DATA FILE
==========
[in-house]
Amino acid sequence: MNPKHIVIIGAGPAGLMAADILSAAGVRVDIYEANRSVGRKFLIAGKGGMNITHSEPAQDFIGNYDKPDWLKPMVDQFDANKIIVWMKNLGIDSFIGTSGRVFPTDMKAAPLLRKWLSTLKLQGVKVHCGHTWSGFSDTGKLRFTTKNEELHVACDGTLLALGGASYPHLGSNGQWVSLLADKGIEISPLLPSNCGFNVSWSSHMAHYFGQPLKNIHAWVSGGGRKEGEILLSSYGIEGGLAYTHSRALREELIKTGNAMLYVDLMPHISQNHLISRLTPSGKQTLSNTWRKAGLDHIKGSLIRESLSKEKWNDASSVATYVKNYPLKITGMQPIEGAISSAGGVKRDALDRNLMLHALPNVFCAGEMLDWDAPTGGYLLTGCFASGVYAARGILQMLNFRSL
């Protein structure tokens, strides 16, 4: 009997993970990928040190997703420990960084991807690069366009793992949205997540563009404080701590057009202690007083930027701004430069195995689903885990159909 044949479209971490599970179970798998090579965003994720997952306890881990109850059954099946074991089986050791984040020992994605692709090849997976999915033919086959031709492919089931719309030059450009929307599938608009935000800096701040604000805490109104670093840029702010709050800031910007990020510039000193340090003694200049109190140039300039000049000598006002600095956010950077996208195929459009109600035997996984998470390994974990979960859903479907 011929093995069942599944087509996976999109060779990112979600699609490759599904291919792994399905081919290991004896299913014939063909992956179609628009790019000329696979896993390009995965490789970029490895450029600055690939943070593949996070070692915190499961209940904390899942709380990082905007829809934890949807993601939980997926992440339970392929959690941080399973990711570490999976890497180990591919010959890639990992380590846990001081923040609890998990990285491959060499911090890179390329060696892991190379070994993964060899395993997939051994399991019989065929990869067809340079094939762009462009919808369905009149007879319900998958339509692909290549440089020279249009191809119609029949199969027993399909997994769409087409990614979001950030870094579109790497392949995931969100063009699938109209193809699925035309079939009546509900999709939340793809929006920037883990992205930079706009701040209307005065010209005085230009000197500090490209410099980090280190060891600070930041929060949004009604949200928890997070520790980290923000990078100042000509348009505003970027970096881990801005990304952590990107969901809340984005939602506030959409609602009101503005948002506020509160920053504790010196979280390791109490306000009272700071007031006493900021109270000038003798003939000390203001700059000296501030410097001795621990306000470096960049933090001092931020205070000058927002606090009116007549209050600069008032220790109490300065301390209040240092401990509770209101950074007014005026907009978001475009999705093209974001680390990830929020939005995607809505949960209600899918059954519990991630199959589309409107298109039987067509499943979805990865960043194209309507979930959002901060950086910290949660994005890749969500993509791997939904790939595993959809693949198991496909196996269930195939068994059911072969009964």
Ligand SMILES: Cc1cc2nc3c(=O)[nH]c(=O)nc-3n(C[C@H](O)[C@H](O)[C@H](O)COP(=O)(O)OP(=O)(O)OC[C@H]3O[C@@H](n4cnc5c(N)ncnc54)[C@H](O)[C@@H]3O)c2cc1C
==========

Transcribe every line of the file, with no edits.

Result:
[in-house]
Amino acid sequence: MNPKHIVIIGAGPAGLMAADILSAAGVRVDIYEANRSVGRKFLIAGKGGMNITHSEPAQDFIGNYDKPDWLKPMVDQFDANKIIVWMKNLGIDSFIGTSGRVFPTDMKAAPLLRKWLSTLKLQGVKVHCGHTWSGFSDTGKLRFTTKNEELHVACDGTLLALGGASYPHLGSNGQWVSLLADKGIEISPLLPSNCGFNVSWSSHMAHYFGQPLKNIHAWVSGGGRKEGEILLSSYGIEGGLAYTHSRALREELIKTGNAMLYVDLMPHISQNHLISRLTPSGKQTLSNTWRKAGLDHIKGSLIRESLSKEKWNDASSVATYVKNYPLKITGMQPIEGAISSAGGVKRDALDRNLMLHALPNVFCAGEMLDWDAPTGGYLLTGCFASGVYAARGILQMLNFRSL
């Protein structure tokens, strides 16, 4: 009997993970990928040190997703420990960084991807690069366009793992949205997540563009404080701590057009202690007083930027701004430069195995689903885990159909 044949479209971490599970179970798998090579965003994720997952306890881990109850059954099946074991089986050791984040020992994605692709090849997976999915033919086959031709492919089931719309030059450009929307599938608009935000800096701040604000805490109104670093840029702010709050800031910007990020510039000193340090003694200049109190140039300039000049000598006002600095956010950077996208195929459009109600035997996984998470390994974990979960859903479907 011929093995069942599944087509996976999109060779990112979600699609490759599904291919792994399905081919290991004896299913014939063909992956179609628009790019000329696979896993390009995965490789970029490895450029600055690939943070593949996070070692915190499961209940904390899942709380990082905007829809934890949807993601939980997926992440339970392929959690941080399973990711570490999976890497180990591919010959890639990992380590846990001081923040609890998990990285491959060499911090890179390329060696892991190379070994993964060899395993997939051994399991019989065929990869067809340079094939762009462009919808369905009149007879319900998958339509692909290549440089020279249009191809119609029949199969027993399909997994769409087409990614979001950030870094579109790497392949995931969100063009699938109209193809699925035309079939009546509900999709939340793809929006920037883990992205930079706009701040209307005065010209005085230009000197500090490209410099980090280190060891600070930041929060949004009604949200928890997070520790980290923000990078100042000509348009505003970027970096881990801005990304952590990107969901809340984005939602506030959409609602009101503005948002506020509160920053504790010196979280390791109490306000009272700071007031006493900021109270000038003798003939000390203001700059000296501030410097001795621990306000470096960049933090001092931020205070000058927002606090009116007549209050600069008032220790109490300065301390209040240092401990509770209101950074007014005026907009978001475009999705093209974001680390990830929020939005995607809505949960209600899918059954519990991630199959589309409107298109039987067509499943979805990865960043194209309507979930959002901060950086910290949660994005890749969500993509791997939904790939595993959809693949198991496909196996269930195939068994059911072969009964």
Ligand SMILES: Cc1cc2nc3c(=O)[nH]c(=O)nc-3n(C[C@H](O)[C@H](O)[C@H](O)COP(=O)(O)OP(=O)(O)OC[C@H]3O[C@@H](n4cnc5c(N)ncnc54)[C@H](O)[C@@H]3O)c2cc1C